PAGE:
One day I'll map Fall song lyrical references from a chronological point of view.

Here's Michael Jackson's performance, starting where Jarvis runs into shot from the left: https://youtu.be/oJj3iupbnyk?t=281
rusty
  • 24. rusty | 25/11/2017
it's fa fa fa fa fa fa fa fa ?

as in Land of 1000 Dances and the Kinks' David Watts' ?

certainly it's the same rhythm

and an old, long affirmation: yes, The Henry Cow Leg End
grottyspawn
  • 25. grottyspawn | 18/02/2018
The ba ba ba/fa fa fa bit reminds me of the brr brr brr bit in Just Step S'ways (after "commercial last chance").
dannyno
  • 26. dannyno | 26/07/2018
Note "Living Legends" on the cover artwork for Interim:

http://thefall.org/discography/pics/interim%20big.jpg
dannyno
  • 27. dannyno | 26/07/2018
And this from Mojo, May 2004, a few months prior to the first appearance of this song live:

http://thefall.org/news/pics/04may_mojo.jpg
bzfgt
  • 28. bzfgt (link) | 29/07/2018
I always think of Henry Cow there (and vice versa) but I guess it's still not up there. OK.

Still sounds more like "ba" then "fa" to me.
Paul Go
  • 29. Paul Go | 20/12/2018
Honestly? Brits, still enjoying the noise cancelling qualities of sand I see.
Mark's right, Brits couldn't have dealt with the Shipman case any worse.
Brits simply didn't give a shitty shit shit. Deeeeeply unsexy news.
Paul Go
  • 30. Paul Go | 20/12/2018
they must have been amused by this song. She's going, 'they will get it, it's the main lyric'..mark's like, 'nah, they won't, especially as i'm doing a bit on f'ckin rabbits, so go ahead wife, spell it out for them, no f'ckin hance'.

hop hop hopping mad, be angry, get in line with the program, just react, do something, make the politician pretend their human once in a while... the walls are down, now or never.

She even wrote the banner slogan for us. Good grief.

We get as far as page 3 from the back sports pages here. The people who care can just pay their way out of problems.
Paul Go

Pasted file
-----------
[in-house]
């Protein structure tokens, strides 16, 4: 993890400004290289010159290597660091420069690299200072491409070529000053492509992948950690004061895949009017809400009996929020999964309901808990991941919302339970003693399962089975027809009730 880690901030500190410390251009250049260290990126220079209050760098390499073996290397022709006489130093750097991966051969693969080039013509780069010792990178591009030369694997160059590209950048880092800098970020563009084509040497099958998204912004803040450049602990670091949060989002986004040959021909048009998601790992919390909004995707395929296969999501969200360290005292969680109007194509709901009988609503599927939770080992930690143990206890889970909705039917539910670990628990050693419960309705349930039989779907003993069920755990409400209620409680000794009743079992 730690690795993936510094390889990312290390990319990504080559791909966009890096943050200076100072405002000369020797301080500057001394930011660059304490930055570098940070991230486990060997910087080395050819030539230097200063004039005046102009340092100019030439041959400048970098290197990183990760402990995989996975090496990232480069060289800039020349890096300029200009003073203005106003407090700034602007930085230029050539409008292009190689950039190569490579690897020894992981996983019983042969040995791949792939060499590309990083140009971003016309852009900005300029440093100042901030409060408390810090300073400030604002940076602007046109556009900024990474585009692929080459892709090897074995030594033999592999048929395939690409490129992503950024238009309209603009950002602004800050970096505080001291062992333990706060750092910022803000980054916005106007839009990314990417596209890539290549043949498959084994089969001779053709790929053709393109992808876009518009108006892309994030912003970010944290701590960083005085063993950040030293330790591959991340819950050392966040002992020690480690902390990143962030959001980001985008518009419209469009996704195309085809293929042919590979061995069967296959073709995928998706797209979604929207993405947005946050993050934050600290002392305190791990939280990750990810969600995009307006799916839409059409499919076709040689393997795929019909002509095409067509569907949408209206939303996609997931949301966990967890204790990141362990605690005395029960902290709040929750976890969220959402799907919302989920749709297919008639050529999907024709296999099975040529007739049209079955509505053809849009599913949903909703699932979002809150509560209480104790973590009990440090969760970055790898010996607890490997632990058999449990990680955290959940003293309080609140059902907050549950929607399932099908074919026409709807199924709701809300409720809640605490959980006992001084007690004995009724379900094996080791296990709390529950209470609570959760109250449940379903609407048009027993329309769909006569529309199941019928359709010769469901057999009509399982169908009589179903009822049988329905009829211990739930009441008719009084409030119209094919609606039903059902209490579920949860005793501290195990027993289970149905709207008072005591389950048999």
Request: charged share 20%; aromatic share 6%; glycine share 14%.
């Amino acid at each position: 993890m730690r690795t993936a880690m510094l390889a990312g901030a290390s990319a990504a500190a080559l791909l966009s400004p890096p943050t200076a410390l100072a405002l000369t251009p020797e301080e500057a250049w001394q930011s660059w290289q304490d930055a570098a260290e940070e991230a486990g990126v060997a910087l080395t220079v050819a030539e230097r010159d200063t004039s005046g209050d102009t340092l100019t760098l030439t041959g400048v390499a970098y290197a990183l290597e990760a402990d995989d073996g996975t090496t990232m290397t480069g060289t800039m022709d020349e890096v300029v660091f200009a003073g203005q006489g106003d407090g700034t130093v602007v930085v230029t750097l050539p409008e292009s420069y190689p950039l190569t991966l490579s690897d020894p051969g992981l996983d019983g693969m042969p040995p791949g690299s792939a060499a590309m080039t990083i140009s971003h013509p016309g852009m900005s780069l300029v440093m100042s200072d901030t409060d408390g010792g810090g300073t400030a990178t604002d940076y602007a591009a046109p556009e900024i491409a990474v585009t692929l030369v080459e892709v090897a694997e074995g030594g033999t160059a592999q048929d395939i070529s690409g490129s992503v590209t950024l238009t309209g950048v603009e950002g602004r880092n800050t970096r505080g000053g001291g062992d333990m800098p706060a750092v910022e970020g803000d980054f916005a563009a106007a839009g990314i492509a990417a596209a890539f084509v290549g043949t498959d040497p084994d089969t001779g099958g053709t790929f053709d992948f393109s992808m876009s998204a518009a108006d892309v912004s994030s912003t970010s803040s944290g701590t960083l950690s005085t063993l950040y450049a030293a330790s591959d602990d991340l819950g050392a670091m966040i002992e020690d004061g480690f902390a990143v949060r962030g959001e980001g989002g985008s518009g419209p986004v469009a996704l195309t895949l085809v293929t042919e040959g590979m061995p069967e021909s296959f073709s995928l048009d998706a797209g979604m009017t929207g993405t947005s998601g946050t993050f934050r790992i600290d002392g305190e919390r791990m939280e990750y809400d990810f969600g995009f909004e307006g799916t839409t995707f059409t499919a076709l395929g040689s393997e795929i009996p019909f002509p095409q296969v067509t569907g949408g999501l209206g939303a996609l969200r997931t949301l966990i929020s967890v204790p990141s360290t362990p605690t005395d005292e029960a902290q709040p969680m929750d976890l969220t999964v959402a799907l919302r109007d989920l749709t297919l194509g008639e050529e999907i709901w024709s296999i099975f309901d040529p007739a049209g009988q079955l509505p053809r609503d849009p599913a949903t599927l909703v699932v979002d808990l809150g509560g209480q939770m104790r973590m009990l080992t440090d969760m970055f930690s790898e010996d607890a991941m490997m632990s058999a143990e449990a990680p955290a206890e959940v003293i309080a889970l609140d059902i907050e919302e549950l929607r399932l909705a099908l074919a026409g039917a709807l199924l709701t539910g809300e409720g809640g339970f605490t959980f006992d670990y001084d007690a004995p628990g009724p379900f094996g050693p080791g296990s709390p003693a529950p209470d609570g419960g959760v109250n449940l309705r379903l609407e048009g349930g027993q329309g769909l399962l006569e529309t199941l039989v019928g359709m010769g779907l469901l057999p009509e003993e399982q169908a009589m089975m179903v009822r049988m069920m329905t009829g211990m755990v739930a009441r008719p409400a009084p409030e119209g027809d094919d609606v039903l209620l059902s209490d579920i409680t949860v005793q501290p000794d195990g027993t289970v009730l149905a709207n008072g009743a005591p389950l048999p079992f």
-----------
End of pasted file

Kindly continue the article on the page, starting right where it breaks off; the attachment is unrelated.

• 31. Paul Go | 22/12/2018
Youtube Øyafestivalen Oslo, 11th august 2006

...is great, for lots of reasons. Love the two-mics idea. The inert crowd is the standout feature. The way they're playing great, Mark is on form, staring through, performing beyond, the whole scene in front of him. This song also has an extra dimension since his death.

The comments are full of English people projecting their own confusion onto the Oslo crowd. 'Ha ha, poor Norwegians don't understand'. But neither do they.
Paul Go
  • 32. Paul Go | 23/12/2018
The documentaries, news, the police interviews, probably the drama, fixate on the physical evidence proving motive. It's like Al-Capone and tax-evasion.

He was virtually killing people under their noses, arranging an appointment, sticking them with morphine, then signing the death certificate the next day. They say 'potentially 350' victims, yet a forged will on his typewriter did him in. That's one legally proven murder, some circumstantial cases, plus maybe 100 or so more, who knows. Best guess is he began killing patients because they were annoying, weirdly the ones who liked him. Had he stuck to that, he be a free man to this day.

Doesn't this suggest the law of our land allows a GP to kill at will, as long as there's no personal gain? Something is wrong, surely. Why is this, and why didn't anyone do/think/talk about it post-Shipman?

All the gov did was make the bereaved pay £80 cash to other GPs to check for 'unusual' needle marks. The proverbial elastoplast.
Paul Go
  • 33. Paul Go | 23/12/2018
That alien kunt hanging himself in a cell saved the police. legal system, and politicians, from a pathetic result in court, and opening a can of Dune size worms, so much so it's hard to believe it wasn't a police assisted suicide.
dannyno
  • 34. dannyno | 03/01/2019
Comment #33: What are you talking about? You do realise that he killed himself in 2004? He was convicted and sentenced in early 2000.
bzfgt
  • 35. bzfgt (link) | 19/01/2019
Wow just wow, Dan--your left brain is so linear
dannyno
  • 36. dannyno | 19/01/2019
Only as linear as the everyday passage of time! If the idea is that his suicide saved the "police, legal system, and politicians" from "a pathetic result in court", would it not have needed to have happened, like, before his trial? Rather than nearly half a decade afterwards?
bzfgt
  • 37. bzfgt (link) | 26/01/2019
I pity you
dannyno
  • 38. dannyno | 26/01/2019
MES in conversation with Michael Stewart, June 2009:

https://web.archive.org/web/20190126160639/https://michaelstewartxxx.wordpress.com/2016/04/26/mark-e-smith-in-conversation-with-michael-stewart/


MS: But you write about place often in your work don’t you but you’re not a realist writer even though your work is firmly rooted in your environment. There’s a strong fantasy element. I’m thinking of a song like ‘What about Us’. Which seems to be about an East German rabbit that comes to Manchester as an immigrant and is happy until the day it finds out that Harold Shipman has been giving out drugs to old ladies. Every time I hear that song it makes me laugh. But is it just a comedy song or do you mean something more by it?